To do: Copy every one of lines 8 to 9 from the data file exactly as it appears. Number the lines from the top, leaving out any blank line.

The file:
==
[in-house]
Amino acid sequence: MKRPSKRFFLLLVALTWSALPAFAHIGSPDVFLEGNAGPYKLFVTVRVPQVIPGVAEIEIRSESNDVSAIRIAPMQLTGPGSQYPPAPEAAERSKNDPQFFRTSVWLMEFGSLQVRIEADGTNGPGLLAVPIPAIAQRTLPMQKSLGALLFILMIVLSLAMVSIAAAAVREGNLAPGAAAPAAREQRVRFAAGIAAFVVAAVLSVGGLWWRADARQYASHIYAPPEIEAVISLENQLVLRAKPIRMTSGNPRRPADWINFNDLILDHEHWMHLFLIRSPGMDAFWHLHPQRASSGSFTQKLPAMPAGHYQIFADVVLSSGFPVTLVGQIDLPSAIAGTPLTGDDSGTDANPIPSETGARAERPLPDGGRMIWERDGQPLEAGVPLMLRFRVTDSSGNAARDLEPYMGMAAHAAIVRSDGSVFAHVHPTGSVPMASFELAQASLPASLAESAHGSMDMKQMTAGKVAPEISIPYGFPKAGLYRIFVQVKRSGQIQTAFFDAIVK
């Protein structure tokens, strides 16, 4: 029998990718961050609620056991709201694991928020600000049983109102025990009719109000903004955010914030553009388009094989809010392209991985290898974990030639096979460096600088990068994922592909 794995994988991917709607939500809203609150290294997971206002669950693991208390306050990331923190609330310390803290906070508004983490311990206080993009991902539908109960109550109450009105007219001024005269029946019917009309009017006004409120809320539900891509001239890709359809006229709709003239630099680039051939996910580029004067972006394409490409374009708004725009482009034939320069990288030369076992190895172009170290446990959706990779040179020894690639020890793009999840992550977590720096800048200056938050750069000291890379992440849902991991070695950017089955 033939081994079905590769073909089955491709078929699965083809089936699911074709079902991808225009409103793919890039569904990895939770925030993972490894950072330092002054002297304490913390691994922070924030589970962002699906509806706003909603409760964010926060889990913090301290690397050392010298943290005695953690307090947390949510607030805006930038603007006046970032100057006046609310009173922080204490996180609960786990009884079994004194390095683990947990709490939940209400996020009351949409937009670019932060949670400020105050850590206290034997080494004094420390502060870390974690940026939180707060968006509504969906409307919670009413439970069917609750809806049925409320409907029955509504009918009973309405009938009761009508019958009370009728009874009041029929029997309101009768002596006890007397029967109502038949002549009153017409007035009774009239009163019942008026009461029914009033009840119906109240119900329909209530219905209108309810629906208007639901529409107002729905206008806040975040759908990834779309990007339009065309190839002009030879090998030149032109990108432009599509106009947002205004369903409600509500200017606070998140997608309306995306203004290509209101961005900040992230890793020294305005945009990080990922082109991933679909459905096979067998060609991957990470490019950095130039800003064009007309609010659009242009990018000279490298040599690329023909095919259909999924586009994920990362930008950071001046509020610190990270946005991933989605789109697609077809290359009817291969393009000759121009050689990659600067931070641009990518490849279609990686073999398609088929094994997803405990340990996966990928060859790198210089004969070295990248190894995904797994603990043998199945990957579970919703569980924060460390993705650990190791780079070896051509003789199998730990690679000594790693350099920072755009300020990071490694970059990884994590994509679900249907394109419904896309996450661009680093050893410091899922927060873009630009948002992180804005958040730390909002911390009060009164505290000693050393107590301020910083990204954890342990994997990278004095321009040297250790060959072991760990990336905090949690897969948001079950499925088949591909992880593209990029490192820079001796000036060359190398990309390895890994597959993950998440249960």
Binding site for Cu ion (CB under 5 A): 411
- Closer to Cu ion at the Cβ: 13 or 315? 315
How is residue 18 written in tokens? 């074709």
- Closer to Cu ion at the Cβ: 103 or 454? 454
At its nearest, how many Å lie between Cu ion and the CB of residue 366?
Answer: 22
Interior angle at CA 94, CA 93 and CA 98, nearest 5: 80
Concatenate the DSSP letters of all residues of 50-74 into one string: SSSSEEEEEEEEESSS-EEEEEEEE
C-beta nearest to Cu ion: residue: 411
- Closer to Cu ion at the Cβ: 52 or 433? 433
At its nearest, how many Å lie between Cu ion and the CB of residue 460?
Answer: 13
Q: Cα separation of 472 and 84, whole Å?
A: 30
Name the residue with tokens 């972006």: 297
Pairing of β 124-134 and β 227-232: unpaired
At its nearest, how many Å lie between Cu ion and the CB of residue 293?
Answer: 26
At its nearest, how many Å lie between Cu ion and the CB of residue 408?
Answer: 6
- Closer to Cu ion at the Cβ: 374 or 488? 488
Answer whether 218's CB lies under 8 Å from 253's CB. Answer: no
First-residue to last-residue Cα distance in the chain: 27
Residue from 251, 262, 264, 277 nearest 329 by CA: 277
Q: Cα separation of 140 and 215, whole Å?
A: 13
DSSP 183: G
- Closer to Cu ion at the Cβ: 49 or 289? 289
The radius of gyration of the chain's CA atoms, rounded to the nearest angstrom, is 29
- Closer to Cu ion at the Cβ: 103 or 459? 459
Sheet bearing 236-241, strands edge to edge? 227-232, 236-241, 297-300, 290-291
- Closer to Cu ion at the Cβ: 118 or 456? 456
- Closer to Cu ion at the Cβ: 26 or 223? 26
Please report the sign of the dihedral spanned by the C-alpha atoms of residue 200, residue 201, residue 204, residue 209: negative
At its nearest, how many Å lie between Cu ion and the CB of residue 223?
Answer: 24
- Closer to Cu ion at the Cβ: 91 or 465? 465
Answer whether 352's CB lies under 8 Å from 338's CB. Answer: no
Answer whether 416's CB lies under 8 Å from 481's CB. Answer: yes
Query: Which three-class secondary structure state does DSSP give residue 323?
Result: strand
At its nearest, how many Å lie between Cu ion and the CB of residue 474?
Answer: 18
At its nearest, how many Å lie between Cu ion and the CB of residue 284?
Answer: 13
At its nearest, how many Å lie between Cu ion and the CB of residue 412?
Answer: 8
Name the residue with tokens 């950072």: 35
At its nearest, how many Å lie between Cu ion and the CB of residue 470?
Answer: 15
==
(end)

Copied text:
At its nearest, how many Å lie between Cu ion and the CB of residue 366?
Answer: 22